Ken Jester and his wife, Helena, normally do their wall-climbing at a gym in Columbia.
But Aug. 3, the Elkridge residents drove their son, Paul, to the Earth Treks Climbing Center, in Timonium, so he could take a bouldering class.
While Paul was in class, the Jesters decided to do some climbing as well.
“I got about 10 feet up, got a little dizzy and was about to say ‘take’ so my wife would take my weight,” Jester said.
He never had the chance.
He went unconscious and hung limp from his climbing harness.
Climbing at the center when Jester becamet unconscious were Andrea Vella-Camilleri, of Hampden, and Lynn Addie, of Lancaster, Pa., both nurses. Once they realized Jester was in trouble, they helped his wife get him to the ground.
Addie checked his pulse and heard him gasp for air. She began administering rescue breathing while Vella-Camilleri performed chest compressions.
“He wasn’t moving at all,” recalled Kjeld Lauritzen, an Owings Mills resident and graduate student at Towson University, who was also climbing at the time.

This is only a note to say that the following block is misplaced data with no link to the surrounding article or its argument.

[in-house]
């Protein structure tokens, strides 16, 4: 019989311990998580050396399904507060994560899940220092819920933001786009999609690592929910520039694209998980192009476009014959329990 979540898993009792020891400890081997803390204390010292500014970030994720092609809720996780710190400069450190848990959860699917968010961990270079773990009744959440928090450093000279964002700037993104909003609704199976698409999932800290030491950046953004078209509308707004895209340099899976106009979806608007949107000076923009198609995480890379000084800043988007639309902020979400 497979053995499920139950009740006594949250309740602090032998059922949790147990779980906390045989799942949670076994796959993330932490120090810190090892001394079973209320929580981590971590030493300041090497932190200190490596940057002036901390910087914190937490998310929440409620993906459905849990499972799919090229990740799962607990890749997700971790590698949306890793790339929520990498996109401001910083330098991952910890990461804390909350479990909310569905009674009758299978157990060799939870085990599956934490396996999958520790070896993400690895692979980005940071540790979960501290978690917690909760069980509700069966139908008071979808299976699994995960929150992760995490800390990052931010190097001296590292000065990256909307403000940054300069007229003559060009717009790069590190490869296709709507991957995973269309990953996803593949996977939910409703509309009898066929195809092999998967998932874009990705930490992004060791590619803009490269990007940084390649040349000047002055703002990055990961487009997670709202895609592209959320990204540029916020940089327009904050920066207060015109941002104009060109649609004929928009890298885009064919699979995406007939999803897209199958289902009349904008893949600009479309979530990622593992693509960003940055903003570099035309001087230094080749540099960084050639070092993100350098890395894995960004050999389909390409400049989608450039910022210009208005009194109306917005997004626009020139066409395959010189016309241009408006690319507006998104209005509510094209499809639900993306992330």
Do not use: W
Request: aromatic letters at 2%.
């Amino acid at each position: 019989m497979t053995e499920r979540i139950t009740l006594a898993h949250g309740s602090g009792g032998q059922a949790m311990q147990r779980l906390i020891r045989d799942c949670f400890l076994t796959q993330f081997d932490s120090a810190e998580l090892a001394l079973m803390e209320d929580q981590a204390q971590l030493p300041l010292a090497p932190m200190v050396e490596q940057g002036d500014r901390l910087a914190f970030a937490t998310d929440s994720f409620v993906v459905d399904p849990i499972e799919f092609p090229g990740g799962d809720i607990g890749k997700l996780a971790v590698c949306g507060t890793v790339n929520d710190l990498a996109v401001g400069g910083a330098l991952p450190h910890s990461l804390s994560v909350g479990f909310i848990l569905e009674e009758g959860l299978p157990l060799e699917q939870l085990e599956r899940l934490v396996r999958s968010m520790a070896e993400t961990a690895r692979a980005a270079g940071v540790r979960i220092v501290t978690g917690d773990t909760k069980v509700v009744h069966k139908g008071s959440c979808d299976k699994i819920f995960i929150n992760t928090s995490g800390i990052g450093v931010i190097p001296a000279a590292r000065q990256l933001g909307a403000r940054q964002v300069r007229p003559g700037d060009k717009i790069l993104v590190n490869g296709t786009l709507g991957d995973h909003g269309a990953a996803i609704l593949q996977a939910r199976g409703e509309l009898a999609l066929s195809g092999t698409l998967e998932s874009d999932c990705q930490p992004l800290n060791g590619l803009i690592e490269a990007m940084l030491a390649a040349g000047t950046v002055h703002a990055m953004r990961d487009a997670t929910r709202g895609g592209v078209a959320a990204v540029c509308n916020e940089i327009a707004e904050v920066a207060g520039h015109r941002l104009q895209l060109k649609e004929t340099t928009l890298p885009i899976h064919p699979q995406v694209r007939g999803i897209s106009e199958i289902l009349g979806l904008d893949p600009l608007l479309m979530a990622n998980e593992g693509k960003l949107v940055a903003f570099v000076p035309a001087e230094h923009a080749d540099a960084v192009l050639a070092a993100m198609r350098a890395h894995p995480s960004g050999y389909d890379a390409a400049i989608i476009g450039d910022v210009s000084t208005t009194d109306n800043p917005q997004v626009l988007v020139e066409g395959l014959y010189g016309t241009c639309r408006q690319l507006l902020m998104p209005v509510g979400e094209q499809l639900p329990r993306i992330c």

Lauritzen yelled for someone to call 911 and retrieved the automated external defibrillator from behind the counter.
Through CPR training, he knew how to use the defibrillator and followed the audio prompts.
“You put the patches on and it analyzes,” he said.
The defibrillator decided that Jester needed a shock, and warned the others to stay clear.
Jester’s heart resumed a regular beat after the first shock and he returned to consciousness around the time paramedics arrived.
Capt. Steve Adelsberger, Baltimore County Fire Department’s public access defibrillator coordinator, said the climbers were correct in not waiting for the paramedics.
In fact, if it hadn’t been for Vella-Camilleri, Addie and Lauritzen, the odds would have been against Jester’s survival.